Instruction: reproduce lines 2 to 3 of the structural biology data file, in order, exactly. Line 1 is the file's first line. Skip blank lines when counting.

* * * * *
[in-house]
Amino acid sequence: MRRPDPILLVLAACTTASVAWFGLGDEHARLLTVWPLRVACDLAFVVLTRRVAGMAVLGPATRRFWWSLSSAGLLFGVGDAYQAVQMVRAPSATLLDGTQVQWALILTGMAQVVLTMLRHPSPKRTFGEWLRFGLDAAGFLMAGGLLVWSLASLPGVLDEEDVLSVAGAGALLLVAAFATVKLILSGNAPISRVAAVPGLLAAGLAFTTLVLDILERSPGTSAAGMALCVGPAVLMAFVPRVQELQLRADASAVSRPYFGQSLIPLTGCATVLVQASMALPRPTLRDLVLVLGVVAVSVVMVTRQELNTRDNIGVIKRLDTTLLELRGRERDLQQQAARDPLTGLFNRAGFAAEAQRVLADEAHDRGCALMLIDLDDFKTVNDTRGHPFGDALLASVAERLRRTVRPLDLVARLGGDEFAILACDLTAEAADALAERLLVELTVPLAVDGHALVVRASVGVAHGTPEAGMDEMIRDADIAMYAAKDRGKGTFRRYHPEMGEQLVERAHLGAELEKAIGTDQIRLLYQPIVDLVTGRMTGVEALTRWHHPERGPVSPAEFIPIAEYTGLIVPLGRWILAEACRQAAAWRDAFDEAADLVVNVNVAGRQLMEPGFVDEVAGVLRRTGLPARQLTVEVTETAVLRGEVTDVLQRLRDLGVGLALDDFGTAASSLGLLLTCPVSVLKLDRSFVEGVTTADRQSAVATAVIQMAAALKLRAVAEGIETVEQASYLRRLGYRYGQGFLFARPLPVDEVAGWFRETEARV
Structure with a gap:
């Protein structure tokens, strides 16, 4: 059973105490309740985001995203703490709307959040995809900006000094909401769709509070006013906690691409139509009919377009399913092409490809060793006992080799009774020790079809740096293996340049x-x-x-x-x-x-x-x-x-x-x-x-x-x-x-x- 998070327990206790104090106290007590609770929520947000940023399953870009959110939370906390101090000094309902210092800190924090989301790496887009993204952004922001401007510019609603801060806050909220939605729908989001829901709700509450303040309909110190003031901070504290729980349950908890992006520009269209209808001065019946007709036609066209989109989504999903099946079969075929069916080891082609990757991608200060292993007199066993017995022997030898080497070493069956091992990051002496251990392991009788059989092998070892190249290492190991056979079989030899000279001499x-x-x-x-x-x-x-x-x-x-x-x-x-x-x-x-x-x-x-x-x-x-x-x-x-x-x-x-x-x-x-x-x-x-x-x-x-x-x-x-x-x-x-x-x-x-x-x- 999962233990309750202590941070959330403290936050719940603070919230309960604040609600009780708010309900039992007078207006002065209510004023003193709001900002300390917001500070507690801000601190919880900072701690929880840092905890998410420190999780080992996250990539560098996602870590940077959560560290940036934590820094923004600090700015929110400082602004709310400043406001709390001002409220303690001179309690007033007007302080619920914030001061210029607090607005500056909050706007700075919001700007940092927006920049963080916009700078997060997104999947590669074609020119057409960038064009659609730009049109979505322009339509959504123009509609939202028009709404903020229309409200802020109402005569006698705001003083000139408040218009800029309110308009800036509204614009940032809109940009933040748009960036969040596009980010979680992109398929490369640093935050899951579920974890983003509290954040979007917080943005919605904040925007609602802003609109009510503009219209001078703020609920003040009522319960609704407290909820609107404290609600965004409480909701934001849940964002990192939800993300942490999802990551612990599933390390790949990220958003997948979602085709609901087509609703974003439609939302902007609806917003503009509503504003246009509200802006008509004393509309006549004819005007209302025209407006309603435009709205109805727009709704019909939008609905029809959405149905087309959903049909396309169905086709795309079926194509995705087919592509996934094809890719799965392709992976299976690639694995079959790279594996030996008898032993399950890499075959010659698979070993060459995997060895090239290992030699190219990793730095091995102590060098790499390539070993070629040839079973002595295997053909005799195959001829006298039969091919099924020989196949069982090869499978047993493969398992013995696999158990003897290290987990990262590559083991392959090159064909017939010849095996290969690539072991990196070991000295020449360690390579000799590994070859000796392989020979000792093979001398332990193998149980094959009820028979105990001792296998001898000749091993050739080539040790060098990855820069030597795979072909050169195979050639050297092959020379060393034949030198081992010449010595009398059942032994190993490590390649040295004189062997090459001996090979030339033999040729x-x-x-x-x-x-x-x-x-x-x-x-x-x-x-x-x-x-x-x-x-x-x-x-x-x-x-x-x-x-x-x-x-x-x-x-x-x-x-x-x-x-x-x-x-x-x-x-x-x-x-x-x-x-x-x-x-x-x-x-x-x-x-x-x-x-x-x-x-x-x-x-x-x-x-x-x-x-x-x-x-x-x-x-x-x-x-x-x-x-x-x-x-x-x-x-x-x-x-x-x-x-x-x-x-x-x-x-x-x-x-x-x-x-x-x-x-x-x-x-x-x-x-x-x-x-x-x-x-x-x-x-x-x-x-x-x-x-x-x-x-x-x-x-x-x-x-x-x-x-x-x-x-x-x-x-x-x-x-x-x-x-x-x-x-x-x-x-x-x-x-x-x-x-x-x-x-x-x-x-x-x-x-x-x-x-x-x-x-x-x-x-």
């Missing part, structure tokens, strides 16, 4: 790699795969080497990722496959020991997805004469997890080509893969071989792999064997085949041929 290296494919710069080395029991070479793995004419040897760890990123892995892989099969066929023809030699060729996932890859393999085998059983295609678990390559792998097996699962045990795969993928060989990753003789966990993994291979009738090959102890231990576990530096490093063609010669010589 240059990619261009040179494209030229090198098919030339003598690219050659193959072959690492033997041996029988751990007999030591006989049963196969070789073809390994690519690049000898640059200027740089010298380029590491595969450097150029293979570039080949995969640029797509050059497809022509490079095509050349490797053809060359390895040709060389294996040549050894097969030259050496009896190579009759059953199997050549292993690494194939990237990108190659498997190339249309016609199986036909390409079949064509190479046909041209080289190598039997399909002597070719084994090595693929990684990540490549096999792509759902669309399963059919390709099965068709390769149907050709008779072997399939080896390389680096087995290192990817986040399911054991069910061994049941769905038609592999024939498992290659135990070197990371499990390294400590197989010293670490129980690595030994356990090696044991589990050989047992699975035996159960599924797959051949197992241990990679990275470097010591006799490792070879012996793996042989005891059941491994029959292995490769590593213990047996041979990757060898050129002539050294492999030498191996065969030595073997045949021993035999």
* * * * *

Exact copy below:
Amino acid sequence: MRRPDPILLVLAACTTASVAWFGLGDEHARLLTVWPLRVACDLAFVVLTRRVAGMAVLGPATRRFWWSLSSAGLLFGVGDAYQAVQMVRAPSATLLDGTQVQWALILTGMAQVVLTMLRHPSPKRTFGEWLRFGLDAAGFLMAGGLLVWSLASLPGVLDEEDVLSVAGAGALLLVAAFATVKLILSGNAPISRVAAVPGLLAAGLAFTTLVLDILERSPGTSAAGMALCVGPAVLMAFVPRVQELQLRADASAVSRPYFGQSLIPLTGCATVLVQASMALPRPTLRDLVLVLGVVAVSVVMVTRQELNTRDNIGVIKRLDTTLLELRGRERDLQQQAARDPLTGLFNRAGFAAEAQRVLADEAHDRGCALMLIDLDDFKTVNDTRGHPFGDALLASVAERLRRTVRPLDLVARLGGDEFAILACDLTAEAADALAERLLVELTVPLAVDGHALVVRASVGVAHGTPEAGMDEMIRDADIAMYAAKDRGKGTFRRYHPEMGEQLVERAHLGAELEKAIGTDQIRLLYQPIVDLVTGRMTGVEALTRWHHPERGPVSPAEFIPIAEYTGLIVPLGRWILAEACRQAAAWRDAFDEAADLVVNVNVAGRQLMEPGFVDEVAGVLRRTGLPARQLTVEVTETAVLRGEVTDVLQRLRDLGVGLALDDFGTAASSLGLLLTCPVSVLKLDRSFVEGVTTADRQSAVATAVIQMAAALKLRAVAEGIETVEQASYLRRLGYRYGQGFLFARPLPVDEVAGWFRETEARV
Structure with a gap: